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The role of balansa clover (trifolium balansae) in cool elevated pastures

S. D. Burge1 and B. S. Dear2

NSW Agriculture and Fisheries, Cooma1, Wagga Wagga2, N.S.W. 2650

Since balansa clover was first released in 1985 it has established a role as a valuable legume in Eastern Australia in the 480 to 700mm rainfall zone (1). Its high level of hard seed and the large number of small seeds produced can result in thick stands of clover, although competition from other species, particularly in autumn, can reduce its vigour. The only cultivar available, Paradana, is similar to Seaton Park sub clover in flowering time, and therefore too early to be considered as a legume for medium to high altitude pastures. This paper reports on the results of two experiments which examine its role in elevated natural pastures.


In the first trial, balansa clover at 4kg/ha and sub clover, cv Woogenellup at 10kg/ha were spread on the surface of a heavy clay soil of basaltic origin near Cooma N.S.W., elevation 900m a.s.l. These soils are relatively high in phosphorus but deficient in sulphur. Sulphur at 30kgS/ha was therefore applied as gypsum. Poa labillardieri dominates the natural pasture with few legumes being able to survive the heavy frosts and low rainfall (450mm) except for native trefoils. The second trial was sown at Tumbarumba, annual rainfall 980mm, elevation 680m a.s.l., into a granite derived soil carrying native pasture. Twelve lines of sub clover sown at 20kg/ha were compared with balansa clover sown at 5kg/ha in a randomised block design with 4 replications.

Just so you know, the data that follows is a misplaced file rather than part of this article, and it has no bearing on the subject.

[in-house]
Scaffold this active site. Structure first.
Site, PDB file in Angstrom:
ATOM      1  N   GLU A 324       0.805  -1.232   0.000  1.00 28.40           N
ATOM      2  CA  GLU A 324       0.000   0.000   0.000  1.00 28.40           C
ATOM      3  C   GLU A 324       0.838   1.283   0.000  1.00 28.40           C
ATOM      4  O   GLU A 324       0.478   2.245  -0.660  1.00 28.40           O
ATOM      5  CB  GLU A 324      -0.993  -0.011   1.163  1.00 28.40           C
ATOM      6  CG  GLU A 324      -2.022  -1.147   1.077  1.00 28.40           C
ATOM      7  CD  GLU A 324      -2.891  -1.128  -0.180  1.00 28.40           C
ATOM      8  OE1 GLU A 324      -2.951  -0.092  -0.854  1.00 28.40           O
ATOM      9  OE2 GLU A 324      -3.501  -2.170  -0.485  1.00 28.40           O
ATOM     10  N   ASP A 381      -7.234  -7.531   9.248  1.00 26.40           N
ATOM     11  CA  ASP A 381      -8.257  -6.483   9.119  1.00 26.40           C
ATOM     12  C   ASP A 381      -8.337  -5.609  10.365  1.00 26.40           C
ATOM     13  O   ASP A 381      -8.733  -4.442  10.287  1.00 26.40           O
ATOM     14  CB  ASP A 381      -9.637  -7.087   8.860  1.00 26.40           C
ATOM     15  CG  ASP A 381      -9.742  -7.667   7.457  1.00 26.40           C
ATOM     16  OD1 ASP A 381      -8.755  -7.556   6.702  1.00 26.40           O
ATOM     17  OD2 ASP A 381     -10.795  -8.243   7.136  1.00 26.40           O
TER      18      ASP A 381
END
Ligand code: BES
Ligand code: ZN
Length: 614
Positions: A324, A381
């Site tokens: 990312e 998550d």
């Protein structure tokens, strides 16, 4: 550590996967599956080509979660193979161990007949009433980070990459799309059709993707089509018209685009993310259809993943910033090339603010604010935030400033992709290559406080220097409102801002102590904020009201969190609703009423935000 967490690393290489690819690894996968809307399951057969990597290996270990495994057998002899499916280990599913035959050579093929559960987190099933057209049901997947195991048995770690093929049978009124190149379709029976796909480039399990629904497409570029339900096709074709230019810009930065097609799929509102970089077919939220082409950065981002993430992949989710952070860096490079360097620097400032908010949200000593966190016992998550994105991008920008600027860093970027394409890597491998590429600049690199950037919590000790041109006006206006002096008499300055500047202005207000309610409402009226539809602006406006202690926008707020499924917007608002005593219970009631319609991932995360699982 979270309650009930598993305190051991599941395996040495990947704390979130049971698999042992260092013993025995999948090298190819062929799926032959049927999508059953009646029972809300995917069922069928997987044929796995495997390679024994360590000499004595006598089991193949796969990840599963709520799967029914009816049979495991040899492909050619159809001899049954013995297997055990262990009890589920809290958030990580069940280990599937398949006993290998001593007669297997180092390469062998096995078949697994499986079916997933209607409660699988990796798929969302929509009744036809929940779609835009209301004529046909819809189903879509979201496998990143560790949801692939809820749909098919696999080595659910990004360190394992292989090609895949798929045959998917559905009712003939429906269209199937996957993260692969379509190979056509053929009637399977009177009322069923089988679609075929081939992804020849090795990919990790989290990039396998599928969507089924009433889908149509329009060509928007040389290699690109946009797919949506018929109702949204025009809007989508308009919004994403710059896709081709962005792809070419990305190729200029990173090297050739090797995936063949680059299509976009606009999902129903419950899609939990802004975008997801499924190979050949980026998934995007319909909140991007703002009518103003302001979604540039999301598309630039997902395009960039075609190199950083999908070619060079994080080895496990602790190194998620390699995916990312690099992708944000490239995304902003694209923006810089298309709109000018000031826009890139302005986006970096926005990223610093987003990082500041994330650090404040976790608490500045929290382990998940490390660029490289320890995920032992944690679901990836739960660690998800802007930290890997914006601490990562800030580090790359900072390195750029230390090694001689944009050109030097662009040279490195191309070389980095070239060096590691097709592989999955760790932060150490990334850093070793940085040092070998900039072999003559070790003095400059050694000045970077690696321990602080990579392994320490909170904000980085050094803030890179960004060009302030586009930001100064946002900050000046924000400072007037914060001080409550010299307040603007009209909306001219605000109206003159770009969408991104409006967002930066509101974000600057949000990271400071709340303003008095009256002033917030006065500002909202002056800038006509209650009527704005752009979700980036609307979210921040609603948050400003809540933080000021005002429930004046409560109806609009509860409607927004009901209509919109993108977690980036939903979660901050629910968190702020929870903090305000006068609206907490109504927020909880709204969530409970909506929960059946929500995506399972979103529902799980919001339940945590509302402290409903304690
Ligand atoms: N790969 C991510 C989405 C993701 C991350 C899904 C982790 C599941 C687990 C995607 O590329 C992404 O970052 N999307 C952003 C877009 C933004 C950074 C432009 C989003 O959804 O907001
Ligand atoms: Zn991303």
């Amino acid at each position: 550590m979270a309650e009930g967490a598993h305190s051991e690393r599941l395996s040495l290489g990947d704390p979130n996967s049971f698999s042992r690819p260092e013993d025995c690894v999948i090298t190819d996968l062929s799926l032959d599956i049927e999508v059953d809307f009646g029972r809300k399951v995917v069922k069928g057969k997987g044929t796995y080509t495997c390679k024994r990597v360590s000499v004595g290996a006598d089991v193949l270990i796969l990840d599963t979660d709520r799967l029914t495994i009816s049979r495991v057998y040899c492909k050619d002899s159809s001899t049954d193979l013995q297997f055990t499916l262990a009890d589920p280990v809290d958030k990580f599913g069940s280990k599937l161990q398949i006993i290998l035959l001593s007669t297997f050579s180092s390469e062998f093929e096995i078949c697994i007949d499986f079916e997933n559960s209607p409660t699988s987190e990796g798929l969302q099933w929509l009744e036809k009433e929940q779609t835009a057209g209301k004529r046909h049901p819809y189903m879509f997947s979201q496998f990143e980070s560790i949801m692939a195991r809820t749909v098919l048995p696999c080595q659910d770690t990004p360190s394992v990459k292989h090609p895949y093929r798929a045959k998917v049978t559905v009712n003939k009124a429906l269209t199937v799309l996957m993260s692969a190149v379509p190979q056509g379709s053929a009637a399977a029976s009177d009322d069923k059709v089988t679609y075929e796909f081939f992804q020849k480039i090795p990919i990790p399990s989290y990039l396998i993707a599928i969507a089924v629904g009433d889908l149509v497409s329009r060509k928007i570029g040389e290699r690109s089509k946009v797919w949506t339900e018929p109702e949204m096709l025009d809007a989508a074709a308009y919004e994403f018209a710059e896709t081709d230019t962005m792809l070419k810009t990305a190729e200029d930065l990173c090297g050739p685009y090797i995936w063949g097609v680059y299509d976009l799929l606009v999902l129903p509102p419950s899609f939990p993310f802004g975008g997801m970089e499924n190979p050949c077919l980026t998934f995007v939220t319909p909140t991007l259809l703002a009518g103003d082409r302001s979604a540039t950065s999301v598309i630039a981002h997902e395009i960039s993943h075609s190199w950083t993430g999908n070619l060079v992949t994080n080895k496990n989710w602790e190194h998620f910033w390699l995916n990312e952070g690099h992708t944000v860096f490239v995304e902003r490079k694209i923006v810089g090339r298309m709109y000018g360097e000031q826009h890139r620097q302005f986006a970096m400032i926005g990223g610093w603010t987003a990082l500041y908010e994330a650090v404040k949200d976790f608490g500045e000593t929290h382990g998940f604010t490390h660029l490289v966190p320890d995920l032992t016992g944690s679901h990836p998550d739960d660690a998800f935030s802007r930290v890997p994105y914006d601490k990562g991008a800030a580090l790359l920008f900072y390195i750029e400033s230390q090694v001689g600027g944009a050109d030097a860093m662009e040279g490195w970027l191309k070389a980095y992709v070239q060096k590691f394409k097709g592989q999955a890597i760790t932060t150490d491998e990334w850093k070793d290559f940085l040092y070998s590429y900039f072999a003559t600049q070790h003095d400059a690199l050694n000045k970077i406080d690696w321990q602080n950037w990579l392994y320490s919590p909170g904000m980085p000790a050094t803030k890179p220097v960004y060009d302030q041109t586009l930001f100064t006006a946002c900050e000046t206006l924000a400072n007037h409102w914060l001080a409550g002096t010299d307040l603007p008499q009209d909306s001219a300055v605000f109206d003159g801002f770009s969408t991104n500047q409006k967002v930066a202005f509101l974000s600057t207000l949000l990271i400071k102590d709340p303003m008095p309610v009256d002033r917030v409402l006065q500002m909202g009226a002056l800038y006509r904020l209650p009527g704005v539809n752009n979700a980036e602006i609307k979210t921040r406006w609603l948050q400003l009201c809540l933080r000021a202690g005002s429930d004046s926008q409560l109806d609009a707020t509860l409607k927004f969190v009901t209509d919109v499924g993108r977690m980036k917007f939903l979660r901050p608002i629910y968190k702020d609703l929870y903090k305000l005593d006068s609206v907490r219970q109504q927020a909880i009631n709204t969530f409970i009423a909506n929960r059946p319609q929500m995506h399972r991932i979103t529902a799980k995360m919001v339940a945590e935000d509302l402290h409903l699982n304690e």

Results and discussion

Drought conditions in the first year at the Cooma site resulted in no growth by either of the legumes. In the second year, the Paradana produced more seedlings and significantly more herbage than the sub clover which consisted of just a few scattered plants. Herbage production increased from 2.7t/ha on the unfertilized treatments to 5.5t/ha where balansa and gypsum had been applied. Despite a dry October, the Paradana was able to set seed. Summer thunderstorms subsequently germinated some Paradana seed and produced green feed in January-February.

At the Tumbarumba site, Paradana produced more early spring (Sept-Oct) growth in the first year than all of the midseason sub clover lines and about 10% more herbage than Woogenellup despite very low temperatures. The balansa set in excess of 97kg/ha seed with some additional seed not being harvested due to shattering. In the second year the balansa germinated strongly and began to colonise adjacent plots. Herbage production of Paradana up to mid September was 30% greater than Woogenellup and by late September was similar to Woogenellup. Although the balansa flowered earlier than the sub clover cultivars, it stayed green until November. Balansa clover appears to have potential as an opportunistic species to increase the nutritive value of elevated natural pastures, although the selection of a later flowering cultivar would be desirable. Observations of other trials at Cooma have indicated that Paradana is better able to withstand frost heave on heavy basaltic soils than T. repens, T. subterraneum and T. pratense.

(1) Dear, B. S. and Lattimore M. A. (1988). Balansa Clover. Agriculture & Fisheries Agfact P2.5.24.4pp.

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